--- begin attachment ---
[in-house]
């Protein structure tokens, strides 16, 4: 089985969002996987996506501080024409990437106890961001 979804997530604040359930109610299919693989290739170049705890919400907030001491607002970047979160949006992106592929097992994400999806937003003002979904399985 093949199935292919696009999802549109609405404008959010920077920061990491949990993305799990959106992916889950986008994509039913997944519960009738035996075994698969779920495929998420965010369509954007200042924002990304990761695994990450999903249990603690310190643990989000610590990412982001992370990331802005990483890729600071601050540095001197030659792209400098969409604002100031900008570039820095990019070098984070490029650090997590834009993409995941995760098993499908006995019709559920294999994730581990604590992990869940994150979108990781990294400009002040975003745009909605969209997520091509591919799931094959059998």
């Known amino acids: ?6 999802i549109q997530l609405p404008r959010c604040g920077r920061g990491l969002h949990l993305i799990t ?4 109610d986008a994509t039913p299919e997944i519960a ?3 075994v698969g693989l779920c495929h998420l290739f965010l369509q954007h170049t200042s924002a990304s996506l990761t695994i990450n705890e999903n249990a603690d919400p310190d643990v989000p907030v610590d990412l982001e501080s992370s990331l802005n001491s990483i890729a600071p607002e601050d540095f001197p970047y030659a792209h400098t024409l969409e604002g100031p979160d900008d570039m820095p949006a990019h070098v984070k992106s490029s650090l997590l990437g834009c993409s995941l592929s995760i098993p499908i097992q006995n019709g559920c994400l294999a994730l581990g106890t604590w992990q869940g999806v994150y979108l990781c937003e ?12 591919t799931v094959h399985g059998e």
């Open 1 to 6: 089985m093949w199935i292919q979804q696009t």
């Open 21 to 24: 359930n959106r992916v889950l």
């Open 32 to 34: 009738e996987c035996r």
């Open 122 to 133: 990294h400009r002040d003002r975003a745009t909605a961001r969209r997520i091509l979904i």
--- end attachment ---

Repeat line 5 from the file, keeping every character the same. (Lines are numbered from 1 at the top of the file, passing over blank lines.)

């Open 21 to 24: 359930n959106r992916v889950l």